• "The Boundary Question Revised, and Dr. Franklin's Red Line shown to be the right one. By a British Subject. New York. 1843."
No nice distinctions of nationality, no cold calculation of forms, enter into his mind. Exile and alien are words which convey no distinct meaning to him. He only feels that he belongs to the country where he earns his bread. His birthright has hitherto been but a birthright of suffering. The instinct of naturalisation is within his soul; and he cannot conceive that the ocean which he is crossing should be more powerful to deprive him of, than his own heart-yearnings are to secure to him, all the rights and privileges which that instinct seems to claim.
“ His first foot-print on the soil of the New World, is to him a virtual seal placed on the bond of his fidelity. The first breath of air he inhales is a cordial to his heart, for he knows it is the air of freedom. He looks round in the consciousness of new-born dignity. He never before felt himself really a man; for the blight of petty proscription had, ever until now, hung over and around him. He never before knew the obligations of the word alleigance ; for a host of small impediments stood between him and the object to which he owed it. Now he comprehends and acknowledges it. He feels himself to be identified with that to which his fealty is due. He considers himself an integral portion of the State. He is at once, in heart and soul, if not in form, a citizen."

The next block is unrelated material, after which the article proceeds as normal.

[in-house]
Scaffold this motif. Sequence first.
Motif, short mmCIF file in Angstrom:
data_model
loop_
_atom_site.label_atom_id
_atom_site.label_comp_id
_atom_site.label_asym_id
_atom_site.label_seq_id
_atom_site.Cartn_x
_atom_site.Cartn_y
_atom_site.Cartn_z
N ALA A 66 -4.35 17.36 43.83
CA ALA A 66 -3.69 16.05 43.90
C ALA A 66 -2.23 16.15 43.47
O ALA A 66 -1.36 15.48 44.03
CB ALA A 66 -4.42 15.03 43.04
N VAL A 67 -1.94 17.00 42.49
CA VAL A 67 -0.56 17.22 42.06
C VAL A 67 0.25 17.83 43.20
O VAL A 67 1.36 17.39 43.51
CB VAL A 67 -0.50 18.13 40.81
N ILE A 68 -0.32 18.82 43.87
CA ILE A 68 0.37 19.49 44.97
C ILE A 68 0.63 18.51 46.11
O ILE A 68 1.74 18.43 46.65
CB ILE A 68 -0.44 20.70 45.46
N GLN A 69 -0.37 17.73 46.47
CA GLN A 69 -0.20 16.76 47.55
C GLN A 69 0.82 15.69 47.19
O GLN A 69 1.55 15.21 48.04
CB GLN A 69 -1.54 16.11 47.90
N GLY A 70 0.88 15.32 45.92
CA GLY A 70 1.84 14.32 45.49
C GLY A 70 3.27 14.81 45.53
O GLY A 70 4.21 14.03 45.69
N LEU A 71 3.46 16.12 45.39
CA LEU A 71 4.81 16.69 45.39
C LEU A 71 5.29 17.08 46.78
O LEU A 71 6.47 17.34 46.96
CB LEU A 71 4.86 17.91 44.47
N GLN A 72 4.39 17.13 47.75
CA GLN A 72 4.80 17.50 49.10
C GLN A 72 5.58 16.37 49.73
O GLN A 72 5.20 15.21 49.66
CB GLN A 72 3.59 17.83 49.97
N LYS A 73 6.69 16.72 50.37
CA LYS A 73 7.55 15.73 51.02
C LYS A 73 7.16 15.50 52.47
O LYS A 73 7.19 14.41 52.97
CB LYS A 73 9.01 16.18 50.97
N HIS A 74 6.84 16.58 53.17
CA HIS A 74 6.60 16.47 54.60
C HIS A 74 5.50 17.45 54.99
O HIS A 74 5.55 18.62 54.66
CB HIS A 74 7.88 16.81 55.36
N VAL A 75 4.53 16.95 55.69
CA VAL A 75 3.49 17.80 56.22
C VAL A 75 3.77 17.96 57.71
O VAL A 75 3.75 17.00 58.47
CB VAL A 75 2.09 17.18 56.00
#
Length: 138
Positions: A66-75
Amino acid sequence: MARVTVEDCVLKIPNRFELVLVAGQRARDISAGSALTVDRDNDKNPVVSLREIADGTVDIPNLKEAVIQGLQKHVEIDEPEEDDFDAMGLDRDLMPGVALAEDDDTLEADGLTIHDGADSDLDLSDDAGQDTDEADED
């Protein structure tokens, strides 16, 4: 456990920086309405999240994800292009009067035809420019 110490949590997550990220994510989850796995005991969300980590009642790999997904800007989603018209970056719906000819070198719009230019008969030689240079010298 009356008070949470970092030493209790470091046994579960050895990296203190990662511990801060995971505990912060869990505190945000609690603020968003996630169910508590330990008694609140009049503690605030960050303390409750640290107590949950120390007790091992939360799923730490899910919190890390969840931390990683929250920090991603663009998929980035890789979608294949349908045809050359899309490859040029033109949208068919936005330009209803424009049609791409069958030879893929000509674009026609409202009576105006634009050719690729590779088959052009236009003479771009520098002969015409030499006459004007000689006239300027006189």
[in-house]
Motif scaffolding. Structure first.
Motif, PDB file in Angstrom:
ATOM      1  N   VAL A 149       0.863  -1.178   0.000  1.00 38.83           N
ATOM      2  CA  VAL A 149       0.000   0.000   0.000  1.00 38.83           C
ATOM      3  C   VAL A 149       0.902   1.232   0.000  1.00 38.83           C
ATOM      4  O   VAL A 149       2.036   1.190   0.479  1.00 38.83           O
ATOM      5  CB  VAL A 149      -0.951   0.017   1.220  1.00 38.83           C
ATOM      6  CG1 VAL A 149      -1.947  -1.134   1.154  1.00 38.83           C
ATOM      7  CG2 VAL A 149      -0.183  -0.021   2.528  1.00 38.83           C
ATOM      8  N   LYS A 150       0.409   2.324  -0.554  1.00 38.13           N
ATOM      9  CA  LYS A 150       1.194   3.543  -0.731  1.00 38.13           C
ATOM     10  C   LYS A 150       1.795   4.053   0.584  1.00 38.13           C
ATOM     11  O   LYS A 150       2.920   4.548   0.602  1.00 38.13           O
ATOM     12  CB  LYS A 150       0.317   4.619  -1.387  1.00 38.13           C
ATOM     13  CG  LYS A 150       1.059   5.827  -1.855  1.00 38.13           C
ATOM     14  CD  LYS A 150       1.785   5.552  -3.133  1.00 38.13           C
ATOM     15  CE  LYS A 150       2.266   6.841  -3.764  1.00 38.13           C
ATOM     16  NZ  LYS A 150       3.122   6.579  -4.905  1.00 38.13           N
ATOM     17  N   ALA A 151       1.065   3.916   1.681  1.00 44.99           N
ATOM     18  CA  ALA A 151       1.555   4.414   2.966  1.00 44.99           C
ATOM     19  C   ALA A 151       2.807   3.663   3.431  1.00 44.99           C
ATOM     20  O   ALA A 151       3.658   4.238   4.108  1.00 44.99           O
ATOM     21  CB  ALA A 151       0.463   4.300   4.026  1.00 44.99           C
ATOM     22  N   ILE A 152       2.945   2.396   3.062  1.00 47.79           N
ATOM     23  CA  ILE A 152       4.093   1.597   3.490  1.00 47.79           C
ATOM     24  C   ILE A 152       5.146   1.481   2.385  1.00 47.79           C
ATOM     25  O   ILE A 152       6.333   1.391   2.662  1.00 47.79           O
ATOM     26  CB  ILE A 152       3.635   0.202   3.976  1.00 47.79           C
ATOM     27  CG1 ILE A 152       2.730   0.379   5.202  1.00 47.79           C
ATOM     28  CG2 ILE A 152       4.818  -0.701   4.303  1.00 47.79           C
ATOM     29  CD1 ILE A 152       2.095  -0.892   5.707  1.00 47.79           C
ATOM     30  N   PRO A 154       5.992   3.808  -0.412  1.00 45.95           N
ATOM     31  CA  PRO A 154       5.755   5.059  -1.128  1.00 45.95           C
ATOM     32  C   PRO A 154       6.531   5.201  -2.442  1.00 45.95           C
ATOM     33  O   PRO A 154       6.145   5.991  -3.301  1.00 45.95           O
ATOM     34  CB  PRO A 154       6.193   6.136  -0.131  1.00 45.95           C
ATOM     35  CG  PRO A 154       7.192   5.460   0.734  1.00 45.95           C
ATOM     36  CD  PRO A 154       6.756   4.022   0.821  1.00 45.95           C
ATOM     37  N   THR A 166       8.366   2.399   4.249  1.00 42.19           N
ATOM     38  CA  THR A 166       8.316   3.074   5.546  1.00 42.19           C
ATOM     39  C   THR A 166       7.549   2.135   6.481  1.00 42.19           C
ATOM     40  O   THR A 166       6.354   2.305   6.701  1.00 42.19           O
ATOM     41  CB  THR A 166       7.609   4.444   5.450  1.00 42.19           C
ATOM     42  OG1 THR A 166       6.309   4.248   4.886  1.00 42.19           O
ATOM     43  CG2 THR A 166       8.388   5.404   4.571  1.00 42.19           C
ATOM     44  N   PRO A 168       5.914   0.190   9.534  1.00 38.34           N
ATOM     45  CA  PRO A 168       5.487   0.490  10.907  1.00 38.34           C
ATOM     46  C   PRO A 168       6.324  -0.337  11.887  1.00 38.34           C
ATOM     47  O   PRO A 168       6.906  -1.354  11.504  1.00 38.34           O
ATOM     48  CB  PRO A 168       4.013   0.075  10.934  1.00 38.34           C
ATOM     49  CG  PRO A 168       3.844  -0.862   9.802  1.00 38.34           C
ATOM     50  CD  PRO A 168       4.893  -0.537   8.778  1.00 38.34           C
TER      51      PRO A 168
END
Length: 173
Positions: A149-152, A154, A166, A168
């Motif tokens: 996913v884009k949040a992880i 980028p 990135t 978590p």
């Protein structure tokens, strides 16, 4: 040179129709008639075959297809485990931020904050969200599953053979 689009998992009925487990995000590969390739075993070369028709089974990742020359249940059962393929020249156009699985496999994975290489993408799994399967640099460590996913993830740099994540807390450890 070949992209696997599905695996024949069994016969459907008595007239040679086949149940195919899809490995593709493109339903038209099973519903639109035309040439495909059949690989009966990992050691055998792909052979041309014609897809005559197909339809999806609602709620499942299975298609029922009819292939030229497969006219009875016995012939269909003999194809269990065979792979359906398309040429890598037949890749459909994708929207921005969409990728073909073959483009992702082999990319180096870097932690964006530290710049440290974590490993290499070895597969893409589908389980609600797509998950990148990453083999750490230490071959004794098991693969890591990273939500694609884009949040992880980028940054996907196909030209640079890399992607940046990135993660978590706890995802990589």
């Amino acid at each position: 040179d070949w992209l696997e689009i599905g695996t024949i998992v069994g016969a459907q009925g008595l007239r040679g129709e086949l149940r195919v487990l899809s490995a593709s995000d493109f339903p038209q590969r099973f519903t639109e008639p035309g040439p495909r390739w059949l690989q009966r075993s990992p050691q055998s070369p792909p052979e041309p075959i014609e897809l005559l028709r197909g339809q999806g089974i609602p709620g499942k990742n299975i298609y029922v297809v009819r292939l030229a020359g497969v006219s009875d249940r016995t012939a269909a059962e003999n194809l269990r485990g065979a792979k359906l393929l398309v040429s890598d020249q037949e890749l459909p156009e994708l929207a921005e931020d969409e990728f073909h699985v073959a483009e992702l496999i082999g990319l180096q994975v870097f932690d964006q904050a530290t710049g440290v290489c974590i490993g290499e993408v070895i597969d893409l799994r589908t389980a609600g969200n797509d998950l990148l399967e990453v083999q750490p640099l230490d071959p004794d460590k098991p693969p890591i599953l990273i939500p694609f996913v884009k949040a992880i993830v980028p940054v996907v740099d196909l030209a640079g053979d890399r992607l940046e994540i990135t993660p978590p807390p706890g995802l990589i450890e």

And then touchingly appeals to the generosity and good sense of Americans:
" And may it not here be asked, Is the man who thus comes into the country—a part of it by impulse, a patriot ready made—a fit object of doubt and odium ? and might it not be more generous, just, and politic to meet half way his ingenuous views, to stretch out to him the hand of brotherhood, to join in the bond of fellowship which his heart has already ratified ? Might not a fairer estimate of his character than that which generally prevails, and a higher trust in human nature itself, combine, and safely too, so as at once to invest him with the title he aspires to, and the rights which it confers, thus making him in reality what he believes bimself to be, and giving him the best of all inducements to learn and uphold the real interests of the country he would thus belong to, and removing the dangerous chance of his being misled and imposed on by the temptations which induce the emigrant, while an alien, to give to a faction an adherence which is due to the commonwealth ?"